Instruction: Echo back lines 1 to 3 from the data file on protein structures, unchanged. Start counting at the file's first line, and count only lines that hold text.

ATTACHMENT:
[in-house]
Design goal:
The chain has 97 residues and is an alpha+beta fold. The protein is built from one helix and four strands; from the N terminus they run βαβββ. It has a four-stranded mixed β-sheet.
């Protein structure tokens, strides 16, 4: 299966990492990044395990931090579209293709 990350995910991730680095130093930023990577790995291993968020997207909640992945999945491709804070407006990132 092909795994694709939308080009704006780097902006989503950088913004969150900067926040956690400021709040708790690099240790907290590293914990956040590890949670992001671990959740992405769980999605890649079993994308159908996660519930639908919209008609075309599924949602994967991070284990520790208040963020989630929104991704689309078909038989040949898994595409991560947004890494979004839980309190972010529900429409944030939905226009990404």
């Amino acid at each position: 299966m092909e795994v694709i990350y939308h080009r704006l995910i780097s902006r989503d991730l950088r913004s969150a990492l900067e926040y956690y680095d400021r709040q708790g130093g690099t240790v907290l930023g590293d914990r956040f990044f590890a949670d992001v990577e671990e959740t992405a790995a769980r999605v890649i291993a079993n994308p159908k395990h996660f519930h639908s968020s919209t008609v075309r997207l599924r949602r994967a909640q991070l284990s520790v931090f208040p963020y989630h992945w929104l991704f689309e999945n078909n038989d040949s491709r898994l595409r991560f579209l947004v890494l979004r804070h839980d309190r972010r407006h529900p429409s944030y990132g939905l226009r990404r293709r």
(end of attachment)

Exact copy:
[in-house]
Design goal:
The chain has 97 residues and is an alpha+beta fold. The protein is built from one helix and four strands; from the N terminus they run βαβββ. It has a four-stranded mixed β-sheet.